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Machine Design

2000 GMC Suburban

King of the road


The big difference between last year's full-size utility and the 2000 Suburban is the window sticker showing fuel economy figures. When I drove the '99 model, the fuel economy section of the sticker was blank. But for 2000, it's claimed to get 14 mpg in the city and 16 on the highway. The good news for this year is that I realized 17.5 mpg in just about an even split between city and highway driving. Not bad for the Vortex V8 that boasts 285 hp in 5300 cc.

The front and rear rails of the Suburban's modular frame use hydroformed steel to make them stronger and more rigid than conventional boxed rails. This technique is said to eliminate hundreds of welds, and provides more precise mounting points for better front-end alignment. Also, crush caps in the front frame help it absorb about 25% more energy which, besides protecting passengers better, costs less to repair because they don't have to straighten the entire frame after an accident.

For a better ride, GM switched to coil springs in the rear suspension instead of leaf springs. Because the Suburban seems to have become a family vehicle, this design should be more comfortable and ride more smoothly than the leaf spring it replaces, although I don't recall the '99 being much different. In addition, the front suspension now uses precision-machined cast-iron lower control arms, which makes them more accurate than the stamped and welded components they replace. The improvement reportedly reduces tire wear, improves front-end alignment, and gives the driver a more "on-center" feel.

If that were not enough, an off-road package, called the Z71, is now available that improves trailering and hauling capability. It has an "exclusive tow-and-haul transmission mode," an algorithm in the electronic controller that the driver can activate to reduce shift "busyness." When heavily loading the vehicle or hitching it to a trailer, the driver can press a button on the shift lever to activate this mode. Time between gear shifts increases, but shifting itself is much quicker and more "aggressive." At part throttle, for example, the first gear shifts at 22 mph in the tow-and-haul mode versus 10 mph in normal operation. This is supposed to reduce transmission wear because it requires fewer throttle inputs under stop-and-go driving. Even more complex is the optional Autoride suspension, where the tow-and-haul button adjusts both the transmission and suspension to better manage heavy trailering.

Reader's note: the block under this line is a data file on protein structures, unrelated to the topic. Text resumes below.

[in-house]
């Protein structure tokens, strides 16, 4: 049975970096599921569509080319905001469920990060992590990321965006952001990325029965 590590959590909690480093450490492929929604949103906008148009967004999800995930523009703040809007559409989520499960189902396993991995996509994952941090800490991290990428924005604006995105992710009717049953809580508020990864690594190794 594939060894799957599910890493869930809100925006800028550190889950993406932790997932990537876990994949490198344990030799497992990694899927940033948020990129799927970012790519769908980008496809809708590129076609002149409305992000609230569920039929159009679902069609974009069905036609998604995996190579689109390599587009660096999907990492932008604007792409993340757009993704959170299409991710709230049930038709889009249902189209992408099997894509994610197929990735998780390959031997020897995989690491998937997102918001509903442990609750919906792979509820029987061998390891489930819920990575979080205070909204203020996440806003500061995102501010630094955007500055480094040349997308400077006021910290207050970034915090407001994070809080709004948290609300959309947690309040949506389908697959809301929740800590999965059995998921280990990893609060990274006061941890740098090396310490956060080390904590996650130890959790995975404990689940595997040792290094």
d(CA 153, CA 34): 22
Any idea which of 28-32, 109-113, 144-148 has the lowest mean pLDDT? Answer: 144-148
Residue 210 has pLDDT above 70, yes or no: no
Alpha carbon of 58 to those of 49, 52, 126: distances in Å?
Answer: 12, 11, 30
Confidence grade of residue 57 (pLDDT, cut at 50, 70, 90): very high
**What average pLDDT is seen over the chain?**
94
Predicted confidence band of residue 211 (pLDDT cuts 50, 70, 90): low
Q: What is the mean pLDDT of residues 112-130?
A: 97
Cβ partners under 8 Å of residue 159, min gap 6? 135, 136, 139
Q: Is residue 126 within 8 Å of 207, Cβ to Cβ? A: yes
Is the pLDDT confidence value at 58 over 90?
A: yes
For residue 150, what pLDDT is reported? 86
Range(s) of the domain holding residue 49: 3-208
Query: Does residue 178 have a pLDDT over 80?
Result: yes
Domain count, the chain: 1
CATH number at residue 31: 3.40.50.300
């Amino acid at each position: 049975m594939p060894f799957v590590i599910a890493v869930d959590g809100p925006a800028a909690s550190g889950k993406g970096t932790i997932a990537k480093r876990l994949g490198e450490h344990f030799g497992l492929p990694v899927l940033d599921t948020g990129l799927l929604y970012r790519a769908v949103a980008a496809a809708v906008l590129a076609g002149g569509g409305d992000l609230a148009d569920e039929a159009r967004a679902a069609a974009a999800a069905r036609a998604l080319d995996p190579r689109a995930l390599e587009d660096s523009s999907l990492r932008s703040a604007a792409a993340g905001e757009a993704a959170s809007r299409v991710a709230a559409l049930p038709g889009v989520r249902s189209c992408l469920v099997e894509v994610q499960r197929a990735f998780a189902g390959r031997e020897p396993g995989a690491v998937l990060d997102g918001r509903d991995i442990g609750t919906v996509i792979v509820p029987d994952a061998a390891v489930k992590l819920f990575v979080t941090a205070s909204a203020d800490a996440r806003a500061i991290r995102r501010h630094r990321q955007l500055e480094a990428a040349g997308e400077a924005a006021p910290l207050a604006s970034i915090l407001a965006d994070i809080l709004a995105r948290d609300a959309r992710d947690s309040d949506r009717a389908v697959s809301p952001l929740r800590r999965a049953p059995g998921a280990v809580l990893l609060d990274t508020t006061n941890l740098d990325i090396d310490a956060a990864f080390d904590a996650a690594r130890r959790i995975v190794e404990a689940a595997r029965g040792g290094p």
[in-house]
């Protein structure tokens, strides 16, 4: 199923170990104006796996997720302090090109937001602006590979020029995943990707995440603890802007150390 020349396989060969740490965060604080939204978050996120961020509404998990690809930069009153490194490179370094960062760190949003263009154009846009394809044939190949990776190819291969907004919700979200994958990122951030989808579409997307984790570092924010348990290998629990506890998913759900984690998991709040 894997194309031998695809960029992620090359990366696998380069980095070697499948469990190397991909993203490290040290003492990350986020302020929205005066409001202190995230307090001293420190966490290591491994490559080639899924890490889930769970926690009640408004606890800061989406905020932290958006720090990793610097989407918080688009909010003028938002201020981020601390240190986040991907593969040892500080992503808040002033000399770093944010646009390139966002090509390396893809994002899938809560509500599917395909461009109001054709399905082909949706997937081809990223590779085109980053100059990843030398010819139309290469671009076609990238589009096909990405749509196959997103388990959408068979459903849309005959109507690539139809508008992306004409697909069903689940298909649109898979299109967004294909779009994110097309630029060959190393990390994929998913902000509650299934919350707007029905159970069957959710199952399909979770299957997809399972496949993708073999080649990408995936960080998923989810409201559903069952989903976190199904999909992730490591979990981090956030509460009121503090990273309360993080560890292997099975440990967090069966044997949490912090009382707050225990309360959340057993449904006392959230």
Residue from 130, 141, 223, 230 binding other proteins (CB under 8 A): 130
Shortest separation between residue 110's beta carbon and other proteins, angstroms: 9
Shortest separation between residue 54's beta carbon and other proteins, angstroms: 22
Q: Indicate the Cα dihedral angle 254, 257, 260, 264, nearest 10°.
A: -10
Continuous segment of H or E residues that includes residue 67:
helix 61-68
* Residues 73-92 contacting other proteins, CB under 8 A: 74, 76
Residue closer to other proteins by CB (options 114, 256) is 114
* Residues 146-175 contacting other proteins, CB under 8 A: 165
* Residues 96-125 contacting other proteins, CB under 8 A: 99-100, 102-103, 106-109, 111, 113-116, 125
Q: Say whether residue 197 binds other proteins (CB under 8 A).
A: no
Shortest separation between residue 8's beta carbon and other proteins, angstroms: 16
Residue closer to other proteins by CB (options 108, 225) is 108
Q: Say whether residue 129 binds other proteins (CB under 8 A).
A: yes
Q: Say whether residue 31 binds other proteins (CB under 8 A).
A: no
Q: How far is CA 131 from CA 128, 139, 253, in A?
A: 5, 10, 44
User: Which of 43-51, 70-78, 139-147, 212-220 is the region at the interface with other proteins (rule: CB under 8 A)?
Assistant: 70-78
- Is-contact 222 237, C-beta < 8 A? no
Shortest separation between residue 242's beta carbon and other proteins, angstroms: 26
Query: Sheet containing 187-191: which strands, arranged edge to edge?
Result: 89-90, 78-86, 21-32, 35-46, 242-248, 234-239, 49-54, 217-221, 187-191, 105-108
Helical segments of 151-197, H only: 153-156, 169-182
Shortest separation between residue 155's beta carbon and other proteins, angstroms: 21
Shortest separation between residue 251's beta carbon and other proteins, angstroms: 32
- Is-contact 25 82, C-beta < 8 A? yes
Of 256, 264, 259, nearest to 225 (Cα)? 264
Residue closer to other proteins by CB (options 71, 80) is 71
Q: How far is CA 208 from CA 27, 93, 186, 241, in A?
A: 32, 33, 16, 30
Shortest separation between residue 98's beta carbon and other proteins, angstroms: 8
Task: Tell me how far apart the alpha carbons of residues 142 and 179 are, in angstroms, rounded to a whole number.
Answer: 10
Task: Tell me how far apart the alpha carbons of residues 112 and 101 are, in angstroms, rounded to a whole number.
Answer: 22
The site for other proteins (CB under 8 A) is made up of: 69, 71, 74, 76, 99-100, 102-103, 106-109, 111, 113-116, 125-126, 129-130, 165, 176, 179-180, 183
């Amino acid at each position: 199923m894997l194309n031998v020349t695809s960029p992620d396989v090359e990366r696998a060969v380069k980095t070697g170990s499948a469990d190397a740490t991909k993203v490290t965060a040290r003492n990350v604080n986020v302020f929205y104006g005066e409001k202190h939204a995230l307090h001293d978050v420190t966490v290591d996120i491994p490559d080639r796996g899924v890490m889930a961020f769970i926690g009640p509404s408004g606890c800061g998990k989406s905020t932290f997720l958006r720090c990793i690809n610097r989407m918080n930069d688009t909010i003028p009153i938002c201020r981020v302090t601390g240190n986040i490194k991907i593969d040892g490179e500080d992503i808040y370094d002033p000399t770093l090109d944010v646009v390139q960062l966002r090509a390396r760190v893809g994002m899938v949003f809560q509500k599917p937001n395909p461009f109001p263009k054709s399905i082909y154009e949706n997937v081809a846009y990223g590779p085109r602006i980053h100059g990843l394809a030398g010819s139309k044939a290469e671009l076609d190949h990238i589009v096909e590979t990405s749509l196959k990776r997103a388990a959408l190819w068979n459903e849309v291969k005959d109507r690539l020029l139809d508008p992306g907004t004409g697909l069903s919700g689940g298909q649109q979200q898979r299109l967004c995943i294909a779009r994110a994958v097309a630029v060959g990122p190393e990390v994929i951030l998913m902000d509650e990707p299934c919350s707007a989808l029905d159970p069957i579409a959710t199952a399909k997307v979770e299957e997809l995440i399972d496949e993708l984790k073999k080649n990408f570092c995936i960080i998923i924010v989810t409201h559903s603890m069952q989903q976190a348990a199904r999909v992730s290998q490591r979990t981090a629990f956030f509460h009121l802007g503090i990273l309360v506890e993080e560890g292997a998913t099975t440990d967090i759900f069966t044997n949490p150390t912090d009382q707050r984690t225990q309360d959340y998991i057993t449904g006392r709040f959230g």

The Suburban also has an active 4WD transfer case, called Autotrac. The computer operated transfer case helps driving under any condition. That is, five selections are available: 2HI for normal roads, auto 4WD for slippery or changing road conditions, 4HI for serious off-road operation or in snow and mud, 4LO for climbing steep grades or towing a boat up a launch, and neutral for being towed (but why would it ever need towing?). The model I drove came in at a "standard vehicle price" of $28,627, and the options brought it to $38,708.

Except for air conditioning, I don't really need all those expensive options. I like the scaled-down version. I would buy one because it is wide and high, with enough space to fasten three preschoolers' car seats side-by-side plus lots of gear, yet comfortably hold my wife and our son's family -- which includes three-year-old triplets -- on weekend excursions.


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